In 2017, OAFF screened Yin-yu Huang’s documentary After Spring, the Tamaki Family… . Now, nearly six years later, Huang has created a short sequel that highlights an emotional event that impacted this family of Taiwanese descent.
In the spring of 2022, grandmother Tamaki passes away. The whole family reunites again at her funeral.
After Winter, the Tamaki Family … offers a serene experience that explores the importance of the burial rite as well as the very moment a loved-one dies in a non-chronological way.
By offering a fragmentary glance at the burial rite, Huang’s narrative also offers the spectator a look at the similarities and differences between the Japanese Buddhist burial service and the Christian one. Of course, the different colours the burial service attains due to such religious differences do not change the core aim of such event: to help the subject with his/her loss by inscribing it in the societal and religious fabric and give this lack its righteous place within the symbolic.
Huang’s narrative also highlights how certain natural events are utilized by a subject to aid him/her to transform the sadness that marks the lingering emptiness into a thankfulness for the existence of the deceased. For the Tamaki family, the funeral rite is not so much a place to express one’s sadness, but a moment to gather around and honour her existence – an existence that, without any doubt, has marked each subject of the family profoundly.
Yin-yu Huang’s composition beautifully shows how the act of cutting and editing imagery is an act that narrativizes and fictionalizes. While there is no doubt that his work documents the real event that befell Tamaki family, Huang’s swift cutting creates a fictional frame where fragmentary atmospheric impressions are concatenated together.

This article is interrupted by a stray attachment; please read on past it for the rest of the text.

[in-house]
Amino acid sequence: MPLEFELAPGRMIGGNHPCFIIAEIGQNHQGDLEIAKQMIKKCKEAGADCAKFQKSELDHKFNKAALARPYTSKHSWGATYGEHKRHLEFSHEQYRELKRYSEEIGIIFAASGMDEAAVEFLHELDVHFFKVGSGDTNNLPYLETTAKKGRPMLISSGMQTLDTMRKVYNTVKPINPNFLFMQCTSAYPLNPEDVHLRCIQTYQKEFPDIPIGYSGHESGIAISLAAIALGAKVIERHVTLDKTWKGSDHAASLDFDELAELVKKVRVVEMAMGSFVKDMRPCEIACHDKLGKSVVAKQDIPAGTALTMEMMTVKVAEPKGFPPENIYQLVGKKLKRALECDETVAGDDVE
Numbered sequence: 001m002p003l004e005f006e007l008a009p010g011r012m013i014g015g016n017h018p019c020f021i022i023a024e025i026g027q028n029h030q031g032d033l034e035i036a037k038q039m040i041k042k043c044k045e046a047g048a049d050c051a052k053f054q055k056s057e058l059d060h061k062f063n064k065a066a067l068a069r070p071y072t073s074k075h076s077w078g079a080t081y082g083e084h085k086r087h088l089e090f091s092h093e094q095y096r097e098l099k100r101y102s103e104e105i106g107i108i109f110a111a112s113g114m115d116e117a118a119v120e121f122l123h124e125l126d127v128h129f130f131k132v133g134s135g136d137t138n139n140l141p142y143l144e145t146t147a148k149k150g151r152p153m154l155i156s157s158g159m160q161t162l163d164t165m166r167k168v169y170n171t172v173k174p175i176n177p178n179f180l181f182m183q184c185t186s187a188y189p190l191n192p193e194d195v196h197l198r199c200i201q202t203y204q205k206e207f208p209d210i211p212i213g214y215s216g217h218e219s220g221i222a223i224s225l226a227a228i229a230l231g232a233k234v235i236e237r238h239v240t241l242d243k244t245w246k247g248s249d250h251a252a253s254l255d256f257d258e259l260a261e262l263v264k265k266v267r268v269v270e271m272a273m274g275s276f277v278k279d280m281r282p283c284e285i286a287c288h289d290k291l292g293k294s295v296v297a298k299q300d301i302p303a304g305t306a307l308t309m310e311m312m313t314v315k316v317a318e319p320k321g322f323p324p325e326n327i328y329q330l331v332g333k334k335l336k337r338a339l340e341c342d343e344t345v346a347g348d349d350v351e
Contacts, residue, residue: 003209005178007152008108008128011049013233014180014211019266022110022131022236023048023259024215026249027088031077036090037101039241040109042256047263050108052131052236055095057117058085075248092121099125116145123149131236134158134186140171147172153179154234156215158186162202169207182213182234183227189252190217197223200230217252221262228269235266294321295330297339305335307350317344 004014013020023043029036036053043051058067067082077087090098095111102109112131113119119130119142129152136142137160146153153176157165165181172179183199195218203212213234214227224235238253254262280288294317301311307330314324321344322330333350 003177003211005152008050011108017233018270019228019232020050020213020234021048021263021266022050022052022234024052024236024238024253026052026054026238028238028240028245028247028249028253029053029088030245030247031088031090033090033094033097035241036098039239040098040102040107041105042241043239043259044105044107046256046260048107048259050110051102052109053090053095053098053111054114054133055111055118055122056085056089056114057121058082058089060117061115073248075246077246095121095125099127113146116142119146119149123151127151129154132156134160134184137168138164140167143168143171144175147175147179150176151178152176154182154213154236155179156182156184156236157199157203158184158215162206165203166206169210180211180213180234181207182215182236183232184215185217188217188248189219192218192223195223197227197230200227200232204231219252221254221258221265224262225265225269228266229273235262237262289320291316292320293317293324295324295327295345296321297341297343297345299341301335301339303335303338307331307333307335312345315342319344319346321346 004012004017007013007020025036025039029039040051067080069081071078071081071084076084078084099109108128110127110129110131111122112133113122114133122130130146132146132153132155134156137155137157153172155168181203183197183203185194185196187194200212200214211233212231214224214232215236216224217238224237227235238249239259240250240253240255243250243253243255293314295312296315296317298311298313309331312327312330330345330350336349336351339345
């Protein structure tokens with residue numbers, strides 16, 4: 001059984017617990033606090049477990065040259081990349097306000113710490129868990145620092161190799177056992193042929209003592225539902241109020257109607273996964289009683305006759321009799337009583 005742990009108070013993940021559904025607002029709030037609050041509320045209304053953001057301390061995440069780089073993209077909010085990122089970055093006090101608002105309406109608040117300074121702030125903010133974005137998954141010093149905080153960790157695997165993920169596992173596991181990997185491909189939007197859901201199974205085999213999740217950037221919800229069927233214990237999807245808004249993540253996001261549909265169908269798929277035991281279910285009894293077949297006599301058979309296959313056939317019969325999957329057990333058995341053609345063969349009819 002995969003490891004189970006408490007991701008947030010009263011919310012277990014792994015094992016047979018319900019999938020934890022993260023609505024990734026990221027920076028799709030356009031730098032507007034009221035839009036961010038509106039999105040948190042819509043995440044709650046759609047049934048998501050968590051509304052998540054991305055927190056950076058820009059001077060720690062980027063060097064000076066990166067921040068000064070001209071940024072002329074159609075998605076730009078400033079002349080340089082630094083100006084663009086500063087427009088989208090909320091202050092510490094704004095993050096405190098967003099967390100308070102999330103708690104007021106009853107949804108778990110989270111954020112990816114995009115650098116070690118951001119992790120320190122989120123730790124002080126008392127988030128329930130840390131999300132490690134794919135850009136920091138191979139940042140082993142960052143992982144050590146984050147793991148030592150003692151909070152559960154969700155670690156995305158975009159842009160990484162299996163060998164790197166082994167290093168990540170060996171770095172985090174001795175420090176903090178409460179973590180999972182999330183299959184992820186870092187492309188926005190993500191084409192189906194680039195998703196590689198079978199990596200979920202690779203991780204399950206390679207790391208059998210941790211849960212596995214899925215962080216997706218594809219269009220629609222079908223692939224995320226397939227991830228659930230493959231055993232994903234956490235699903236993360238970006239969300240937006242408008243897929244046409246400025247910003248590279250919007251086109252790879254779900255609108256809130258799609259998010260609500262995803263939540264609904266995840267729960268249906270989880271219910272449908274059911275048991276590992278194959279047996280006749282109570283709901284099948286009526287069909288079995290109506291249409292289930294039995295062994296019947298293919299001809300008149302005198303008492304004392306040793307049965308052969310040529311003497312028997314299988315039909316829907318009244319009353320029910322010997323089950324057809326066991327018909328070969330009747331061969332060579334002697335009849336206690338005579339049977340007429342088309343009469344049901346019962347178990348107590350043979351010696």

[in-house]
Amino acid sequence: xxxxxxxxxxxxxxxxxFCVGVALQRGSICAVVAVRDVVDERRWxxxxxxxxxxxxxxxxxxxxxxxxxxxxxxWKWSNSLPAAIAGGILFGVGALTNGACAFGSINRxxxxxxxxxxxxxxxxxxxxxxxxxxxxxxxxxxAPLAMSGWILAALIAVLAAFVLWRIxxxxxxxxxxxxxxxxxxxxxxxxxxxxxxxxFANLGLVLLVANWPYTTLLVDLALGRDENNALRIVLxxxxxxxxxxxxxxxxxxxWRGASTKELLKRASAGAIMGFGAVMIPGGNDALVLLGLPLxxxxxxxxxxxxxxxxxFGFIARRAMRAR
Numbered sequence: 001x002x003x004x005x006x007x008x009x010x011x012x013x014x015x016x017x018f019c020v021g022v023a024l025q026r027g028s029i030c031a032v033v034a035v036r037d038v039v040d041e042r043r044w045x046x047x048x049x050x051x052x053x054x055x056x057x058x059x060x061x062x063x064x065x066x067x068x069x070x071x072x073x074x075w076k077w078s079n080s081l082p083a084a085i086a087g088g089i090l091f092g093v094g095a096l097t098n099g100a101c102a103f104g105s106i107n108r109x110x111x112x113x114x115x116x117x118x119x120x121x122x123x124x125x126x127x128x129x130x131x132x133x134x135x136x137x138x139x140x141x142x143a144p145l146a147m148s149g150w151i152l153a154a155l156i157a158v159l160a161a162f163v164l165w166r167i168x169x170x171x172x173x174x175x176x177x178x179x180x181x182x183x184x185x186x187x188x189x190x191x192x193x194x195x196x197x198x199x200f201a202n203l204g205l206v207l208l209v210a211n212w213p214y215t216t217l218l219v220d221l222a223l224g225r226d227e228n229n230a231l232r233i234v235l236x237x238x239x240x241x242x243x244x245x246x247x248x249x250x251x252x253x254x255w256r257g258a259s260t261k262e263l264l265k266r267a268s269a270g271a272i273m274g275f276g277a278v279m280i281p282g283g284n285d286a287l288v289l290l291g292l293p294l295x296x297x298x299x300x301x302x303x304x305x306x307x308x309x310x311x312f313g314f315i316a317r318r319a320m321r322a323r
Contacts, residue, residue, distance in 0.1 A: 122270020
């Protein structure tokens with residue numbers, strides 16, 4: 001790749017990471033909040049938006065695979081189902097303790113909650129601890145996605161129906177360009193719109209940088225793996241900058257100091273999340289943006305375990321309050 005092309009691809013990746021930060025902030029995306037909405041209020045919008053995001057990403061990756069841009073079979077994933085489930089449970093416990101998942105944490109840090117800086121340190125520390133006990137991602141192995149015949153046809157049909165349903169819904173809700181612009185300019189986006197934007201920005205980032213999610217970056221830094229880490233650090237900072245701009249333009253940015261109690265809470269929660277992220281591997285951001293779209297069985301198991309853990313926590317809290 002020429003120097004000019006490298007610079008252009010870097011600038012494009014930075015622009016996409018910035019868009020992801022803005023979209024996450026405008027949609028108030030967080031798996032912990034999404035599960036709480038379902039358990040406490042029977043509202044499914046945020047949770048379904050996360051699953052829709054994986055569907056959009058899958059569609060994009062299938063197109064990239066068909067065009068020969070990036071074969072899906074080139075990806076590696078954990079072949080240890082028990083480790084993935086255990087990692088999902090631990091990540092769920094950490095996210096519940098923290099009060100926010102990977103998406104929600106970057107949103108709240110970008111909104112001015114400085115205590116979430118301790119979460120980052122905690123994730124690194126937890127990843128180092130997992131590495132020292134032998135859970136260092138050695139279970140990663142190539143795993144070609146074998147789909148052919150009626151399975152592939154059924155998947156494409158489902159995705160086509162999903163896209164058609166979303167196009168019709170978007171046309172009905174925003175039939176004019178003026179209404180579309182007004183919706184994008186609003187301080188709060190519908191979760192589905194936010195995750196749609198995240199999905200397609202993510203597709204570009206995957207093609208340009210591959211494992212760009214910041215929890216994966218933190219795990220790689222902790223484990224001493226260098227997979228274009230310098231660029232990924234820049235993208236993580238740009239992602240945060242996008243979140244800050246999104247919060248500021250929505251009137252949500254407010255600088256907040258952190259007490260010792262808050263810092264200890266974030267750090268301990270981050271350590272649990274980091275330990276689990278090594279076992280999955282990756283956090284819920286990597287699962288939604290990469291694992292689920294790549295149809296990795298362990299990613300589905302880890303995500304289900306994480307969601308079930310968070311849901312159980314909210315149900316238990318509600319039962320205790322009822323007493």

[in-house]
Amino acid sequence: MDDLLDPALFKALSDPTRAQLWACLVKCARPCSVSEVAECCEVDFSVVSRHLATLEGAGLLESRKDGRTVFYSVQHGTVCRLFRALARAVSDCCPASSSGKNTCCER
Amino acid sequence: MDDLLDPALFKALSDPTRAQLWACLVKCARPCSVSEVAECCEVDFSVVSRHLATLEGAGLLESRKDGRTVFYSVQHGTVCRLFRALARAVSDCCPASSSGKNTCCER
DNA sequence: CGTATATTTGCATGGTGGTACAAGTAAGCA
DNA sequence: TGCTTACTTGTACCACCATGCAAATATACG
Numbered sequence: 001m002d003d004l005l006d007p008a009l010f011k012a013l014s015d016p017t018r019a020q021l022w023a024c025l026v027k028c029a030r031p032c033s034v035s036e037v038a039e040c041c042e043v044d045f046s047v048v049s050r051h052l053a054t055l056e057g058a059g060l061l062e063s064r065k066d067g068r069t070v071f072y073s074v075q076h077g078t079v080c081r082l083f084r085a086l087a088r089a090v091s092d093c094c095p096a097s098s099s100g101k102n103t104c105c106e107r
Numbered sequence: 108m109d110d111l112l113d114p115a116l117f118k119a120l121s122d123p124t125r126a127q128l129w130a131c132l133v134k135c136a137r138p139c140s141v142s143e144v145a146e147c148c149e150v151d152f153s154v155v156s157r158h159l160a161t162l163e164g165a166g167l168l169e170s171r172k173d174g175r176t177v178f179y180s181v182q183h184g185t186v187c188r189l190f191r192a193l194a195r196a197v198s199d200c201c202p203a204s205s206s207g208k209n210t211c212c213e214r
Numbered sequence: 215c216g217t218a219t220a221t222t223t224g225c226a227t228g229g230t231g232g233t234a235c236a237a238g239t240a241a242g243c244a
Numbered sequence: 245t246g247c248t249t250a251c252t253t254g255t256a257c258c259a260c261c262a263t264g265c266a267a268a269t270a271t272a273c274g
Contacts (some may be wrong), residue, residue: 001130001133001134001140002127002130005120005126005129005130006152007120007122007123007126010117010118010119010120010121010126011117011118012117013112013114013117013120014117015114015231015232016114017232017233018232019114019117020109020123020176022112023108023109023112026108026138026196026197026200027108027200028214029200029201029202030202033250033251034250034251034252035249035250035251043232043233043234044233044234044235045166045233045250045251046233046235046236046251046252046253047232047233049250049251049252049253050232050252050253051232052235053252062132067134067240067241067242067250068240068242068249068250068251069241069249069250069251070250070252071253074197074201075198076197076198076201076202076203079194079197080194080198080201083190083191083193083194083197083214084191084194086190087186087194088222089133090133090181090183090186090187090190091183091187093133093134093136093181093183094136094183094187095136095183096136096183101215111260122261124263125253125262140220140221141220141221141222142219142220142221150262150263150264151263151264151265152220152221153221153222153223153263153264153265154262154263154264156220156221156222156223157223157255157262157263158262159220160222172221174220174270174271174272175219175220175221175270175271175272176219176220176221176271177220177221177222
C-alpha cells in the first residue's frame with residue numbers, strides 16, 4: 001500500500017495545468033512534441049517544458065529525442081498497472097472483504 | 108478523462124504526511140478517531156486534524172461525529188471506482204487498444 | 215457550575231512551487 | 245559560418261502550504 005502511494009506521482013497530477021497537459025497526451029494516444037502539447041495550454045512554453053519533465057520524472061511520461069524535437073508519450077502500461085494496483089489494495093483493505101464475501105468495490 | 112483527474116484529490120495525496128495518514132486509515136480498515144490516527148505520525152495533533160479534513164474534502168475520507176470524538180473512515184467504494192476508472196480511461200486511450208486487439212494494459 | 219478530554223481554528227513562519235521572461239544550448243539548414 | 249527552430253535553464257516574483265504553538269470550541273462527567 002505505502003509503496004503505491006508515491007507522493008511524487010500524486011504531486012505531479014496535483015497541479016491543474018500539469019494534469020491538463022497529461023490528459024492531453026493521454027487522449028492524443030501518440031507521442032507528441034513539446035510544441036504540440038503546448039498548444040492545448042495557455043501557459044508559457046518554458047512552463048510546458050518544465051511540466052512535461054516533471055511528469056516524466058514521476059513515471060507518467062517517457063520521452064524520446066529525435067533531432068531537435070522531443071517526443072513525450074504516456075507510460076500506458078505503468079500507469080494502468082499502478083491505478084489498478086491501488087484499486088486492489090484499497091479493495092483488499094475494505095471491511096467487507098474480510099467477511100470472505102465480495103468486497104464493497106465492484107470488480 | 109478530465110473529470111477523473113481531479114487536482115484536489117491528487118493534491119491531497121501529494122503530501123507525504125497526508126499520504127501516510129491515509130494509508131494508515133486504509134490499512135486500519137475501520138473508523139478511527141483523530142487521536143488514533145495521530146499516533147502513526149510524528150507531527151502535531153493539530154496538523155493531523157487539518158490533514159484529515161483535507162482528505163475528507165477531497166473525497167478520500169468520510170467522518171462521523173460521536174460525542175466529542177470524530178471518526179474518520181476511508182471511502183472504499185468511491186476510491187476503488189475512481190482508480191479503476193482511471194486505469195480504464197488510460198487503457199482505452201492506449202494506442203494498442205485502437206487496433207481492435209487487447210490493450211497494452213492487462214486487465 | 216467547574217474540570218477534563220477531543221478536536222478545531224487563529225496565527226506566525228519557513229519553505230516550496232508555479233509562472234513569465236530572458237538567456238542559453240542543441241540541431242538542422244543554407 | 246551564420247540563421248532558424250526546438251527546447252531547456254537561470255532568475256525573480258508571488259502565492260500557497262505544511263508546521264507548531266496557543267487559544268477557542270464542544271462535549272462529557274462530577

The act of fictionalizing is also evident in Huang’s choice to decorate certain moments with emotional music. By adding such music, he does not merely excavate the mood of the moment but elegantly manipulates the emotional flow of his narrative and guides the impact of the imagery on the spectator.
While music certainly helps setting the mood, the element that truly allows the spectator to feel the importance of grandma Tamaki for her children is the fluid integration of interview-fragments. These moments do not only introduce the vocalization of heartfelt signifiers but also catches the stumbles within speech that betray the genuine emotion that fuels their enunciations.
After Winter, the Tamaki Family … offers a genuine and heartfelt tribute the grandmother of the Tamaki family. By elegantly choosing and concatenating his fragments together, Huang ensures that the spectator feels the emotional weight of her passing as well as the gratitude her children feel for her.